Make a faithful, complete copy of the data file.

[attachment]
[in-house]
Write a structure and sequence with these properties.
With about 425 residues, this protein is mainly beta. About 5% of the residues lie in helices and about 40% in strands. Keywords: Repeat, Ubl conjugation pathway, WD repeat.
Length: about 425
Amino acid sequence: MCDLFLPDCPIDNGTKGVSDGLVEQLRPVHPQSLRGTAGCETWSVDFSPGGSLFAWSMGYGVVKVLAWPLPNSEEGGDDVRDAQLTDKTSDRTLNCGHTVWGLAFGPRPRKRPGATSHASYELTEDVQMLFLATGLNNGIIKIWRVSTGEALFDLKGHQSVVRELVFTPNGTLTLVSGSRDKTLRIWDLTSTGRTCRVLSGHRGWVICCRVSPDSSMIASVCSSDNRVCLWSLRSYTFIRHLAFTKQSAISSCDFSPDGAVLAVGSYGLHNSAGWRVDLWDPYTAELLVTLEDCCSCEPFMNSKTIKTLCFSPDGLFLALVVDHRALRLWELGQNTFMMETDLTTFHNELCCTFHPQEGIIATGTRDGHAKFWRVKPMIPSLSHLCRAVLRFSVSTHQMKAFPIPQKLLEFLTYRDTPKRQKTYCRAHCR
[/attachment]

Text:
[in-house]
Write a structure and sequence with these properties.
With about 425 residues, this protein is mainly beta. About 5% of the residues lie in helices and about 40% in strands. Keywords: Repeat, Ubl conjugation pathway, WD repeat.
Length: about 425
Amino acid sequence: MCDLFLPDCPIDNGTKGVSDGLVEQLRPVHPQSLRGTAGCETWSVDFSPGGSLFAWSMGYGVVKVLAWPLPNSEEGGDDVRDAQLTDKTSDRTLNCGHTVWGLAFGPRPRKRPGATSHASYELTEDVQMLFLATGLNNGIIKIWRVSTGEALFDLKGHQSVVRELVFTPNGTLTLVSGSRDKTLRIWDLTSTGRTCRVLSGHRGWVICCRVSPDSSMIASVCSSDNRVCLWSLRSYTFIRHLAFTKQSAISSCDFSPDGAVLAVGSYGLHNSAGWRVDLWDPYTAELLVTLEDCCSCEPFMNSKTIKTLCFSPDGLFLALVVDHRALRLWELGQNTFMMETDLTTFHNELCCTFHPQEGIIATGTRDGHAKFWRVKPMIPSLSHLCRAVLRFSVSTHQMKAFPIPQKLLEFLTYRDTPKRQKTYCRAHCR